Twitter seems to have taken on the role of global news delivery and meme transmission vector. At least that's what I understand; although I have a twitter account I post only rarely, and I don't seem to follow the kinds of people who are hooked into the global news delivery machine. Or perhaps I'm not very good at keeping up with the people I do follow. Anyway, that's not quite what this post is about.
A common pattern for twitter posts seems to be something like the following:
[@otheruserid] [short description] [url] [#hashtags]
The different components can of course appear in any order. I would like to draw your attention to the [url] part.
Since Twitter only permits posting 140 characters of text, one must be conservative or even stingy in the allocation of character count. With another user addressed (the @ syntax), and one or maybe two hashtags (the # syntax), a typical post might be left with 120 characters for the description and the URL. In order to leave room for more than a handful of words, the URL pretty much has to be shortened. There are a plethora of link shortening services available; one of them (bit.ly) recently raised $2 million dollars in funding. Twitter even automatically shortens URLs that you paste into the little 140 character box (letting you go over the limit via paste but not typing). If you paste an URL that is too long, you automatically get a bit.ly shortened link in your post (assuming that fits, I don't know what happens if it doesn't).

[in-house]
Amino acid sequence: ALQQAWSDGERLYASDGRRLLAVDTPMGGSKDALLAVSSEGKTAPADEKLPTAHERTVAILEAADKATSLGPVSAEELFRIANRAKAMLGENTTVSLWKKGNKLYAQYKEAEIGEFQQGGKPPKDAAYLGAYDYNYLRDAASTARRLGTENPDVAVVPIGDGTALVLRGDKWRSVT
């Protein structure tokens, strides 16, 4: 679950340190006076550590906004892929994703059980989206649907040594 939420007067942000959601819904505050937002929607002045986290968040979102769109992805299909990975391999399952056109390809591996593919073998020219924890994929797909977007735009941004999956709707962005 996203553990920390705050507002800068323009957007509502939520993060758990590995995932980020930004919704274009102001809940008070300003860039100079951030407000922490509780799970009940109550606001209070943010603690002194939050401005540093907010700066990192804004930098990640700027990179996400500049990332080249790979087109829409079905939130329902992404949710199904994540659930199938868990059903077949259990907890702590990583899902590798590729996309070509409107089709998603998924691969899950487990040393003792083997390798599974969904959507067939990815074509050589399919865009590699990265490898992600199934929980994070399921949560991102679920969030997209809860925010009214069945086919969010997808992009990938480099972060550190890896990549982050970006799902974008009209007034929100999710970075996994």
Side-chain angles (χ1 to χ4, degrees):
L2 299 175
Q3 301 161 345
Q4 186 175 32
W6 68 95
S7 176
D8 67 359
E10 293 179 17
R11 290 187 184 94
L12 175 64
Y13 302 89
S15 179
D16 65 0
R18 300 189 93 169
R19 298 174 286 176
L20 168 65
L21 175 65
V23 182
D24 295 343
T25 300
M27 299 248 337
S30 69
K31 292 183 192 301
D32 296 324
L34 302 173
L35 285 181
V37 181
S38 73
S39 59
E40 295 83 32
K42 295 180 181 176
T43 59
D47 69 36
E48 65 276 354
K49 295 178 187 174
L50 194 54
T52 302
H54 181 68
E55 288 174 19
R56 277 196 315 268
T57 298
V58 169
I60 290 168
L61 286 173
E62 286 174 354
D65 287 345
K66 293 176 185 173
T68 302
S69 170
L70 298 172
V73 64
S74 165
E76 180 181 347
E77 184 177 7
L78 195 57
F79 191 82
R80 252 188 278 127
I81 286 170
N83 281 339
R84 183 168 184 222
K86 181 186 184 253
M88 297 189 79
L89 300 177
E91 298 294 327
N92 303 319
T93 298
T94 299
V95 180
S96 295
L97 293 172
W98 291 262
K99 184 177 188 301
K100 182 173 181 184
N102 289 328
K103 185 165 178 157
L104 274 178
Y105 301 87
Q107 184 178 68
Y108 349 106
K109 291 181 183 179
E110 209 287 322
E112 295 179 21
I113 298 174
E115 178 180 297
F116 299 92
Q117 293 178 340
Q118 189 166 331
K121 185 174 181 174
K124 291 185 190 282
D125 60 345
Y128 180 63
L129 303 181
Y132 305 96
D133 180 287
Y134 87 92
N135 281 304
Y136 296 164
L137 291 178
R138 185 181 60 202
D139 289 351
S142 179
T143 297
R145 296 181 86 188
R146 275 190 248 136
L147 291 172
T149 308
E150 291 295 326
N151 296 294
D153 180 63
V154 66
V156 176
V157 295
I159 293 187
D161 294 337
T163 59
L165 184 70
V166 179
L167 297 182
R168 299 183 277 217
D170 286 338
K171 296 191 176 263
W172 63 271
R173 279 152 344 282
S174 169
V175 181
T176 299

Lots has been written about the negative effects of shortening URLs. They're bad for the user experience (one must become proficient with copying and pasting URLs), they're bad for the network infrastructure (they route every associated click through a small number of redirectors), they're bad for usability (you never know just what is behind that innocent-looking bit.ly link), and so on. There must be a better way.
What if twitter were to offer a separate entry field for a URL? This would move the URL out of the 140 character space for typing actual text, and obviate the need for link shortening entirely. Twitter's web interface could show something like:
bit.ly receives $2 million in funding readwriteweb.com
Other non-web twitter clients could show something similar. This presentation has several benefits:
- Writers have more room for words instead of having to leave room for an URL
- Readers no longer have to see the collection of random characters that is a shortened link
- Readers can immediately see what site the link points to (readwriteweb.com in the above example)
- Twitter receives more information about what people are linking to, because links don't need to be shortened
Twitter probably won't consider this due to their determination to hang on to the simplicity of the single size-limited text entry box. Having two entry boxes on the main page would at least double the (perceived) complexity of using twitter. But wouldn't this be much nicer to use?